Finding multitrack recorder software that meshes with how you like to work is not guaranteed to be a stroll in the park. I feel for musicians who have to pay for the software they use. If you pay $500 for a program and then it drives you crazy … no fun at all. I have the preposterous luxury that the manufacturers give me their software. I have Cubase, FL Studio, Ableton Live, Reason, Sonar, and probably a couple of other recording programs I’ve entirely forgotten about.
Each of them drives me crazy in a slightly different way.
I’ve been using Cubase for 20 years, and I’m fast on it. But it has to be said, the built-in synthesizers are inferior. Also, the management at Steinberg/Yamaha has decided that I have to renew my NFR license every 90 days. I’m not willing to take that extra step. If I’m going to do any actual creative work in a program, it had darn well better stay installed and running, at least for as long as I own this computer.
FL Studio is packed with terrific features, but its MIDI input routing is for the birds. You can assign the mod wheel to control vibrato in your software synth plug-in, play some notes and hear them, but when you push the mod wheel on your hardware keyboard controller … the wheel does nothing. FL Studio makes you go through an extra step to connect the MIDI input to the parameter. There’s a certain twisted logic to the way they do it, but it’s a constant annoyance. Also, the timeline in the multitrack arrangement window doesn’t know about changing time signatures, and I use changing time signatures a lot.
Reason is a sweet program, but it doesn’t host third-party plug-ins of any kind, and its own instruments are strictly tuned to 12-note-per-octave equal temperament. Sometimes I like to do microtonal music.
I’ve never had time to come to grips with Sonar. Its user interface is, I’m sure, no more complex than that of any of the other programs I’m familiar with, but every time I launch Sonar my eyes cross and my teeth start to hurt. Nothing against Sonar, which I’m sure is brilliant. This is a strictly subjective reaction. If I needed to learn it, I’d learn it. But I don’t need to.
And then there’s Live. Back at the beginning of 2010 I developed a bad attitude about Live. That was when I upgraded to Windows 7. Live was unable to make use of my VST plug-ins, because they were tucked away inside the Program Files(x86) folder, and it didn’t like that location. I worried, with some justification — though not, as it has turned out, a great deal of justification — that if I moved the plug-in folder I would have problems with copy-protection. That and the fact that in Live, you can’t doodle on your keyboard while listening to a pattern you’ve already recorded for the same synthesizer. Try it and you’ll find that your doodles were recorded into the pattern. I told them years ago they should add a “Both” button to the mixer channel. The suggestion fell on deaf ears.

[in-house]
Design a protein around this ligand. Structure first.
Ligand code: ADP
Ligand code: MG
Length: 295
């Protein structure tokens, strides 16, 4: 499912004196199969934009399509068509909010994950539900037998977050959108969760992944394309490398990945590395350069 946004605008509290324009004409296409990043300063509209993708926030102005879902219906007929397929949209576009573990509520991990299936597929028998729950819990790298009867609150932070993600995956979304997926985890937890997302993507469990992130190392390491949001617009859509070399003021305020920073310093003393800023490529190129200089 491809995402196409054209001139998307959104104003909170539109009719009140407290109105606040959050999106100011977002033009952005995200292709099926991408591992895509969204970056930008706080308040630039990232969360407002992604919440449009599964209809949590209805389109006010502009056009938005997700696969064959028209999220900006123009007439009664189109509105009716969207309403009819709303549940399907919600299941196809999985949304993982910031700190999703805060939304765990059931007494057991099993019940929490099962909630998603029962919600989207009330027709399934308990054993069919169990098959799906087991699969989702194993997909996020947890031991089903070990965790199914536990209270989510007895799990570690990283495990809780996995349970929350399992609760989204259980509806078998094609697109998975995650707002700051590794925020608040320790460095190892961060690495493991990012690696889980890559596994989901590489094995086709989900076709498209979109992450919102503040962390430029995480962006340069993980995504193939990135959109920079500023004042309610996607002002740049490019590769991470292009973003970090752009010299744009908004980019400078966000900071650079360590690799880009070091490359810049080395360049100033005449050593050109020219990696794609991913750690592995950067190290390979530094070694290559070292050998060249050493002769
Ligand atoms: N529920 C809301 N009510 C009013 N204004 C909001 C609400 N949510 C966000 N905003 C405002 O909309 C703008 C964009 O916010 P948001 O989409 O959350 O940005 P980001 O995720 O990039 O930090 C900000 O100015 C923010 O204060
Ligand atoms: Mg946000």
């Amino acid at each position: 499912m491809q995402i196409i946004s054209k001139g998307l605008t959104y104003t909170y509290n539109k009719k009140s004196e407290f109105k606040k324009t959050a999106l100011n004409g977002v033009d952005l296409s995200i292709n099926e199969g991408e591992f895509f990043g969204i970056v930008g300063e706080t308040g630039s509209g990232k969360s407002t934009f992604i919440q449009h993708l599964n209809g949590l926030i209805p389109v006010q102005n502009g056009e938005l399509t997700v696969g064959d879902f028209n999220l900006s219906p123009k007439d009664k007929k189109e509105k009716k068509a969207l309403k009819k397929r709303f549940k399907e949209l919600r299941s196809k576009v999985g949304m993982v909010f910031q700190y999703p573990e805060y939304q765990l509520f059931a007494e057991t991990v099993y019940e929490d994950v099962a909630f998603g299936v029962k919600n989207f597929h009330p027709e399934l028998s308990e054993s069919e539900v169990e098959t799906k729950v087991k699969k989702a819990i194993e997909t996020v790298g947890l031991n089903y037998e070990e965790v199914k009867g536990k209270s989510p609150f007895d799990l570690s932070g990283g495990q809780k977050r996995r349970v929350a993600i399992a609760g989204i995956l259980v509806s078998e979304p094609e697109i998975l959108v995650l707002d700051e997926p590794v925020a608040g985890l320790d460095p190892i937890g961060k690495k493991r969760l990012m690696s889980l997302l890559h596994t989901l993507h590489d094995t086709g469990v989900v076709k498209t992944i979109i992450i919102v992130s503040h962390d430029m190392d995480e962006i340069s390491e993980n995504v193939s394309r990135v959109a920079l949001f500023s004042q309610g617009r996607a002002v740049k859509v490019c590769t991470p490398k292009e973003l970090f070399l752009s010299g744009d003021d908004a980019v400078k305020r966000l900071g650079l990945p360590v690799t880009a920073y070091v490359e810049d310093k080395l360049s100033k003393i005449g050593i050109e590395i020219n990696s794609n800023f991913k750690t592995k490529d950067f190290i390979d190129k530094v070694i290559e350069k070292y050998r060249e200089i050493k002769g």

It has to be said, though: Live is the best program of the bunch for playing live. (Duh.) Yesterday I found myself musing about the possibility of doing exactly that, so I decided to give Live a fresh look. I downloaded the 8.2.2 update. Oh, and I have an installed copy of Max, so I’m running Max For Live, which adds dimensions of music power that are undreamt of in quantum physics.
I dragged my VST plug-ins folder out to the root of the C: drive, and found that the NI instruments and the u-he instruments, all of which are essential to my musical aspirations, were happy to run. Omnisphere, no problem. Stylus RMX can’t find its authorization, and that’s a big bummer, so I’ve fired off an email to Spectrasonics. Likewise Alchemy. These are not insoluble problems; I’m not sure why I let them gripe me for so long.
Well, no, I do know. My big issue with Live is that I don’t tend to think in terms of repeating riffs. I have this classical music thing in my head. Live makes it really easy to cue up four-bar riffs (or one-bar riffs, if your IQ is under 95), but if you compose music that moves linearly from point A to point N, certain of Live’s more interesting interactive features drop out of the equation. You have to switch over to Arrange mode, and it becomes just another sequencer.
But now I’m giving it another try. So far, so good. Eventually I may even get around to rolling up my sleeves and banging my knuckles on Max.
Also on tap is my M-Audio Axiom 61 keyboard. Not one of the new Axioms, and not the Axiom Pro — this is one of the original models. Even so, it’s amazingly capable. Eight pads, which can be either drum triggers or pressure sensors. Eight knobs, nine sliders, nine buttons, all of them individually assignable to whatever MIDI control message you might need. A keyboard with up to four split/layer zones. Envisioning how all of these widgets might interact with Live … well, I’ve got two manuals to read, so I don’t know yet. And reading the manuals, while necessary, is not the whole story. Ultimately, the point is to produce music, so you have to stop and think, “If I assign pressure pad 3 to send CC 11 on MIDI channel 8 and use that to modulate the filter cutoff of this synth here, how will the musical gesture fit into the piece I’m working on?” Not an easy question.
Oh, and did I mention Reaktor? A dozen amazing-sounding synthesizers in one, all of them studded with features and none of them too well documented. So let’s see, how do I assign this Axiom button to mute the Reaktor output? I right-click. Okay, it has MIDI Learn. Why isn’t the MIDI Learn working? Because I forgot to switch the Live channel to look for external MIDI input, so no MIDI messages are getting to Reaktor. Grr.
I have some compassion for young musicians who are trying to get started with this stuff. I’ve been doing it for 30 years, and there are still moments when I’m ready to tear my hair out. But the results, when it comes together — the sounds, the intricate polyphonic rhythms — oh, my.